Background Information on Influenza and Avian Flu

An outbreak of influenza A (H5N1), also known as “avian flu” or “bird flu,” has been reported in several countries throughout Asia. Cases of avian influenza A (H5N1) in birds have been confirmed in Cambodia, China, Hong Kong, Indonesia, Japan, Laos, Pakistan, South Korea, Thailand, and Vietnam. Human cases of avian influenza have been reported in Thailand and Vietnam. During this outbreak investigation, it has not been determined that avian flu is spread from person to person. This strain of avian influenza A (H5N1) currently affecting Asia has not been found in the United States. The current outbreak of avian influenza has prompted the killing of more than 25 million birds in Asia.

In February 2004, different strains of avian flu were detected among several flocks of birds in the U.S. and state officials ordered the destruction of hundreds of thousands of birds. The avian influenza strain found in Delaware was (H7N2), in Pennsylvania the strain was (H2N2), and the (H5N2) strain was found in Texas. The strain found in Texas has been determined to be “highly pathogenic” to birds. However, the strain of avian influenza in Texas is not the same as the strain that is affecting Asia.(1) There does not appear to be any connection between the illness in the flocks on the East Coast and the flock in Texas. Wild birds are the natural hosts for the virus. Avian flu viruses circulate among birds worldwide and are highly contagious among birds. It is also important to note that the United States annually imports an estimated 20,000 birds from countries with current avian influenza outbreaks, according to the U.S. Fish and Wildlife Service.

Influenza is a category of viruses associated with acute (short), usually self-limited infections, whose symptoms are most commonly fever, muscle pain or aches, and cough. However, illness can be more severe based upon the properties of the virus, the patient’s age, pre-existing immunity status, or pre-existing medical conditions. The influenza virus is described by a three part naming system that includes the virus type, subtype, and strain. There are three major types (A, B, C) and a number of subtypes which are classified based upon the surface coatings of the virus. These surface coatings determine whether the virus will affect humans, pigs, horses or birds, or more than one type of animal.(2) Within a specific type and subtype of influenza, there are also important differences in the particular strain of virus. For example, the strain of influenza A (H5N1) that has affected birds and humans in much of Asia is not the same strain that is affecting birds in the U.S. or Pakistan.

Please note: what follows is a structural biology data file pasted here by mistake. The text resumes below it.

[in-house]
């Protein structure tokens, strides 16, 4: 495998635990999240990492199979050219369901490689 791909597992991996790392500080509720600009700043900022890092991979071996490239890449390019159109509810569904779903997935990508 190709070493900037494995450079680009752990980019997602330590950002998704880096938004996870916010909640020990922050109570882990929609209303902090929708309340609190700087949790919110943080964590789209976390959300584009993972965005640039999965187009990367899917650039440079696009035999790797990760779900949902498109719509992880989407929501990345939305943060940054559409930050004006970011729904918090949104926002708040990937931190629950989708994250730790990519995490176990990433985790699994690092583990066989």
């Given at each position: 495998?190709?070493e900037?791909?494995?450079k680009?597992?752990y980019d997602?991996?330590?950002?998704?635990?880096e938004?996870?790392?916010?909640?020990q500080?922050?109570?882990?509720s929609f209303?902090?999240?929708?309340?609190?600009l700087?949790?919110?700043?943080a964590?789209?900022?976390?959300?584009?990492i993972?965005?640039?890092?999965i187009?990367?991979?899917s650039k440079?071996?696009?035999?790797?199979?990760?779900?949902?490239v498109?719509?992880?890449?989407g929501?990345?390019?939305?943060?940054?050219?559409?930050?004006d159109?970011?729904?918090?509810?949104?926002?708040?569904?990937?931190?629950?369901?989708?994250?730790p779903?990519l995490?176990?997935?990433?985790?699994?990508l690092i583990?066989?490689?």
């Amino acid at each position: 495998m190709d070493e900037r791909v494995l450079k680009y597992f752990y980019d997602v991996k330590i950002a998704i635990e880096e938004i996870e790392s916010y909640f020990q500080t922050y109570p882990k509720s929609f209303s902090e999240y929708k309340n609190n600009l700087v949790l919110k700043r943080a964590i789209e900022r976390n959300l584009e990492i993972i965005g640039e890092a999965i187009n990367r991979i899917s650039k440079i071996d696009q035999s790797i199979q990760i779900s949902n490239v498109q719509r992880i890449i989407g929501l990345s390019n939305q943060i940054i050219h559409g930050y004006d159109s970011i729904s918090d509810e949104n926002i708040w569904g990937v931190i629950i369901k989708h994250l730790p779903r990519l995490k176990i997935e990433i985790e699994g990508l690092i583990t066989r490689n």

Influenza viruses also change or mutate over time. “Scientists know that the avian and human influenza viruses can exchange genes when a person is simultaneously infected with viruses from both the common human influenza virus and the avian type. This process of gene swapping inside the human body can give rise to a completely new subtype of the influenza virus to which few, if any, humans would have any natural immunity…If the new virus contains sufficient human flu virus genes, transmission directly from one person to another (instead of from birds to humans only) can occur.”(3) Some previous outbreak investigations documented limited human-to-human transmission of avian influenza.

It is believed that most cases of avian influenza in humans have resulted from contact with infected poultry or contaminated surfaces. In particular, influenza A (H5N1) has a documented tendency to acquire genes from viruses infecting other animals.(4) There is particular cause for concern because this strain of influenza A (H5N1) is now spreading from birds (e.g., chickens, ducks, turkeys) to humans, and scientists are trying to determine if the virus is also spreading from human to human.(5) Since this strain of influenza virus does not commonly infect humans, the general population may not have natural immunity to the virus. The current strain of influenza A (H5N1) that is transmitted from birds to humans is considered to be “highly pathogenic.”


  1. Nicholson, K. G., Wood, J. M., & Zambon, M. (2003). Influenza. The Lancet, 362(9397), 1733. doi:10.101
  2. Frequently Asked Questions on human infection caused by the avian influenza A(H7N9) virus. (2014, February 14). Retrieved from
  3. Information on Avian Influenza. (2019, March 21). Retrieved from